Evaluation of recurrent laryngeal neuropathy in domestic and feral horse populations in Australia using histologic and immunohistochemical analysis: A pilot study

Natasha E Lean, Samantha H Franklin, Cate Steel, Lucy Woolford, Jason White, Benjamin J Ahern

    Research output: Contribution to journalArticlepeer-review

    Abstract

    BACKGROUND: Little is known about potential differences in the left recurrent laryngeal nerve (Lrln) and left cricoarytenoideus dorsalis (LCAD) muscle between domestic and feral horse populations. If a difference exists, feral horses may provide a useful control population for research related to recurrent laryngeal neuropathy (RLN) and increase our understanding of potential population pressures influencing the incidence RLN.

    OBJECTIVES: The objective of this study was to compare the Lrln and LCAD of domestic and feral horses using histological and immunohistochemical techniques (IHC).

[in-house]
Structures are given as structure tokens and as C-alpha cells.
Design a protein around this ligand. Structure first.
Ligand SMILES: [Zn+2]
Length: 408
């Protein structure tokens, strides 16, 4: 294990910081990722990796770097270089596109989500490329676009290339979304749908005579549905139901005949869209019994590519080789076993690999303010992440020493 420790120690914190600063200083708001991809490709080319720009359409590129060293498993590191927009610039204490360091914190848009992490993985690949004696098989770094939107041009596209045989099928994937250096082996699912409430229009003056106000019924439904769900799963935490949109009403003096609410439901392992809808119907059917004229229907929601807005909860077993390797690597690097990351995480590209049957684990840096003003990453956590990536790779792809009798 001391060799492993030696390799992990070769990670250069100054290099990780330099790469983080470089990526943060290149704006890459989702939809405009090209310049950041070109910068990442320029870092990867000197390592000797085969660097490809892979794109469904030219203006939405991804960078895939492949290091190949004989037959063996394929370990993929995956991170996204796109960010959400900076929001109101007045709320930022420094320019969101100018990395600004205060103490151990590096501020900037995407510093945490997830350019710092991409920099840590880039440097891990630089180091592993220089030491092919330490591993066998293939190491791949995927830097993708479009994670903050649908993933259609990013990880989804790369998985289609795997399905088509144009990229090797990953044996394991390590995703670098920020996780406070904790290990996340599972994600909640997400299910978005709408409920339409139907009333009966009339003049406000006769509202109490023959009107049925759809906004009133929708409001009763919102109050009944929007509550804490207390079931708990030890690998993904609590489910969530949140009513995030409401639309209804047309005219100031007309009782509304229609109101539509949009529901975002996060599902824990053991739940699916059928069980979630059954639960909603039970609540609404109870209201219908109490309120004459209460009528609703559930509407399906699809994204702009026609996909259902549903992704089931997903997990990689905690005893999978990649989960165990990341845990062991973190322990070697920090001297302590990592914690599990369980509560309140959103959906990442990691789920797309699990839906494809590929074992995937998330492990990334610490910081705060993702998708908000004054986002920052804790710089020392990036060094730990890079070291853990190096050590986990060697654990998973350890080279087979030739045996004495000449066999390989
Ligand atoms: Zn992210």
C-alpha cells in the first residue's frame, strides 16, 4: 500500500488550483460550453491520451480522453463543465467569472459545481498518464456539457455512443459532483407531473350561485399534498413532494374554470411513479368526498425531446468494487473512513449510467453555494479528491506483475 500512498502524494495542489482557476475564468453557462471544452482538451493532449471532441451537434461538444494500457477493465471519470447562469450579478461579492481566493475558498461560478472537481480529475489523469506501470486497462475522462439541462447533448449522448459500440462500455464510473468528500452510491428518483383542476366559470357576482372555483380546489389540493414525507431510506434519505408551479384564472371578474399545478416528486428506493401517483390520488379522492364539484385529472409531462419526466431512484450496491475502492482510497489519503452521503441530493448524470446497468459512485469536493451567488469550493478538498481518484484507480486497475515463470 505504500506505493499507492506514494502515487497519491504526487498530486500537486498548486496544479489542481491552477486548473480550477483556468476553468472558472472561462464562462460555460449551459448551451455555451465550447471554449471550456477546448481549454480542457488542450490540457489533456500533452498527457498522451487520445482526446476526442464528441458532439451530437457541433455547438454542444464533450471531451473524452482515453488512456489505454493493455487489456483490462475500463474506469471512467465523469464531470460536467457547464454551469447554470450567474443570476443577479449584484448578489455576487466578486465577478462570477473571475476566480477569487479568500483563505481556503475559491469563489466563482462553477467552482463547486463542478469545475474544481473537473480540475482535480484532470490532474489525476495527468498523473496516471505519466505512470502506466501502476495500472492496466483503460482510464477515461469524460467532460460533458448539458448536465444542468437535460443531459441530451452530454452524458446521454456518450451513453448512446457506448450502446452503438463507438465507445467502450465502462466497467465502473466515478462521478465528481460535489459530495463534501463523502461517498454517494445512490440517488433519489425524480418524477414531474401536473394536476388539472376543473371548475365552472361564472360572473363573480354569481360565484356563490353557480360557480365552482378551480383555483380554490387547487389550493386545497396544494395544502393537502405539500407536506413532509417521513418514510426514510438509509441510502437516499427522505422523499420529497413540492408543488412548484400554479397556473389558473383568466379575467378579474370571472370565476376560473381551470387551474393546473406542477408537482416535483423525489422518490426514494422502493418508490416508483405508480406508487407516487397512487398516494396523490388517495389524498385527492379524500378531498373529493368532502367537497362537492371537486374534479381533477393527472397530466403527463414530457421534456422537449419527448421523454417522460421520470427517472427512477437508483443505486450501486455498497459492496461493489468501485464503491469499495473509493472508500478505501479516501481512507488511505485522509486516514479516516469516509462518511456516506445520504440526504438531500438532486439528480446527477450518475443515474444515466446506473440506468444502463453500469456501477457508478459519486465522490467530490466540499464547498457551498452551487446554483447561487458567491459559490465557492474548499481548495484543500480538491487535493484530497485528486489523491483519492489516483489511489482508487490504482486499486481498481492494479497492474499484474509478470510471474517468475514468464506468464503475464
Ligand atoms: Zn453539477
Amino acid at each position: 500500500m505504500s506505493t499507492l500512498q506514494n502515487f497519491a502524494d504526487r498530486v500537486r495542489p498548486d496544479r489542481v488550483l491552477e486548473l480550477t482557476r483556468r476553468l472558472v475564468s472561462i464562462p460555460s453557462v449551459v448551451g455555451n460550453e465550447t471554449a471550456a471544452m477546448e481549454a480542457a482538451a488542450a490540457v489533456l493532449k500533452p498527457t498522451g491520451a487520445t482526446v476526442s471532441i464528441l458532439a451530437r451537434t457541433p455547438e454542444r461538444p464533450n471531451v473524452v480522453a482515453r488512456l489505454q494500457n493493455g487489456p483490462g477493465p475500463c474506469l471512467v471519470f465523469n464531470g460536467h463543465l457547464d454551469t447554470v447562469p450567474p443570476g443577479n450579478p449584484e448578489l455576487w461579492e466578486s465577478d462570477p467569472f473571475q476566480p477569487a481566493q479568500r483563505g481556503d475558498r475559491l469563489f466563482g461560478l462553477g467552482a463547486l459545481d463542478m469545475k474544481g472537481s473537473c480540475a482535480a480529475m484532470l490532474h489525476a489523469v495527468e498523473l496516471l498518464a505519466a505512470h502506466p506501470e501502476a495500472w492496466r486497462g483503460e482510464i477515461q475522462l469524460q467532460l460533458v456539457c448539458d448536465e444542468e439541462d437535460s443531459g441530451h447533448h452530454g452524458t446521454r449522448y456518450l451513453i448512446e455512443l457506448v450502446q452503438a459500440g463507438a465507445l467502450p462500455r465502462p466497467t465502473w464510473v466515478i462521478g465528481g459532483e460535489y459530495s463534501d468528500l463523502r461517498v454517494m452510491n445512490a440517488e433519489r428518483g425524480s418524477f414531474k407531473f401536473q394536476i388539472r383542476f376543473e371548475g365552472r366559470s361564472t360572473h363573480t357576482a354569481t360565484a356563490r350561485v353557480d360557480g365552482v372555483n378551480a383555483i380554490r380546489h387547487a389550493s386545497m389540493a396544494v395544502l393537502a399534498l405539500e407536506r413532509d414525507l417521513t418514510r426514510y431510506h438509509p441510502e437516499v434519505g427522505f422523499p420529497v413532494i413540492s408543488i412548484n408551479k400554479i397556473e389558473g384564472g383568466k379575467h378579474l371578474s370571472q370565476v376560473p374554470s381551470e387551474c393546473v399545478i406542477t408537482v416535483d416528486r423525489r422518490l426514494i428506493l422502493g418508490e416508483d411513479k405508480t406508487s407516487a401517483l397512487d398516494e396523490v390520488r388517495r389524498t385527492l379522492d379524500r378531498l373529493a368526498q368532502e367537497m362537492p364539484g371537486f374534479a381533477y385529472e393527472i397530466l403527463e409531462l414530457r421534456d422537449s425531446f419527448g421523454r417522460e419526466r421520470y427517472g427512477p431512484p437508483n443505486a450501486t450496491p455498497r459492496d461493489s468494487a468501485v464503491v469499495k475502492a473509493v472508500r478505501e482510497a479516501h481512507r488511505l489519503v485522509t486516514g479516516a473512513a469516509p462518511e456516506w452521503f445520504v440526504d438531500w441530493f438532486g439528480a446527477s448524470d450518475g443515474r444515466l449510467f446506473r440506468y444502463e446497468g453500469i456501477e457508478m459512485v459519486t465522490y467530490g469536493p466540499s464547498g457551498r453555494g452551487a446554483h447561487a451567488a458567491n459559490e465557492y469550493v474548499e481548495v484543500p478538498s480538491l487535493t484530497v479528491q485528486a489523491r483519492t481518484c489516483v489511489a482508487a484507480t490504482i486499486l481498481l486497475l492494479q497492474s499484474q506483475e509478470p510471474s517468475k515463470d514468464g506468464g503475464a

METHODS: Sixteen horses, domestic (n = 8) and feral (n = 8), without clinical or ancillary examinations that were processed at an abattoir had the Lrln and LCAD muscle harvested immediately following death. Carcass weights were recorded. Subjective and morphometric histologic assessment were performed on Lrln sections. The LCAD was assessed for myosin heavy chain (fibre type proportion, diameter and grouping using IHC.

    RESULTS: Fibre-type grouping consistent with RLN was seen in both groups. Regenerating fibre clusters were more common in domestic compared to feral horses (p = 0.04). No other histologic differences occurred between groups. Muscle fibre typing demonstrated a lower mean percentage of type IIX fibres in the feral group compared to the domestic group (p = 0.03). There was no difference in type I or IIA proportions or mean diameter of any fibre type between the groups.

    CONCLUSIONS: The domestic population showed evidence of nerve regeneration suggesting RLN in this group, yet this was not supported by the higher proportion of type IIX muscle fibres compared to the feral population. Further evaluation to clarify the significance and wider occurrence of the differences is indicated.

    Original languageEnglish
    Pages (from-to)1610-1617
    Number of pages8
    JournalVeterinary Medicine and Science
    Volume9
    Issue number4
    DOIs
    Publication statusPublished - Jul 2023

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